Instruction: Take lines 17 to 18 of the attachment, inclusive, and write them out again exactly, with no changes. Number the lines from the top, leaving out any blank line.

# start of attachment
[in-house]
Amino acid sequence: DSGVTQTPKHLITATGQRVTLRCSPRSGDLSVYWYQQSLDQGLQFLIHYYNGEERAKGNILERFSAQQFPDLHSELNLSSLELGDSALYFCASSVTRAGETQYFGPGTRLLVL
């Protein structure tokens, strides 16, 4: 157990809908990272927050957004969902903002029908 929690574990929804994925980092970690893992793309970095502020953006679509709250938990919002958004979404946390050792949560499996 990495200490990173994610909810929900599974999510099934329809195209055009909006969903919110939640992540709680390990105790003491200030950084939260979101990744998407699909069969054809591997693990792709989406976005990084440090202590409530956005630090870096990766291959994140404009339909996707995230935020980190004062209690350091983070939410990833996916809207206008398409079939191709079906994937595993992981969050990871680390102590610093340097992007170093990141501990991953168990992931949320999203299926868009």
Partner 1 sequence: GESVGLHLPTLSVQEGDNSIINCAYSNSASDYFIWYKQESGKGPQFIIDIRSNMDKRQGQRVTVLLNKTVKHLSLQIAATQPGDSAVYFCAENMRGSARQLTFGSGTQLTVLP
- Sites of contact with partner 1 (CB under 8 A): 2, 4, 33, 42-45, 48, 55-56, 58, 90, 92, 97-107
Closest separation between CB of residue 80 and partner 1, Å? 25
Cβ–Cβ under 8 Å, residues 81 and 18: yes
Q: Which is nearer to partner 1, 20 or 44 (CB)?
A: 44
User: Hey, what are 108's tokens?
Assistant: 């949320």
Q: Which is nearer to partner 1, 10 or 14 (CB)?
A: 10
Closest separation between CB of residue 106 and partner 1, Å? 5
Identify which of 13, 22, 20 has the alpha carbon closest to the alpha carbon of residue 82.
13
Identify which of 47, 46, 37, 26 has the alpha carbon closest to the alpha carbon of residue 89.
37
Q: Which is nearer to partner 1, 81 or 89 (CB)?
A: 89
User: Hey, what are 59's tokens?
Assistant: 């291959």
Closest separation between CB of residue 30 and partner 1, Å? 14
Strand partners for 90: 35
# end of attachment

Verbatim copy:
Identify which of 47, 46, 37, 26 has the alpha carbon closest to the alpha carbon of residue 89.
37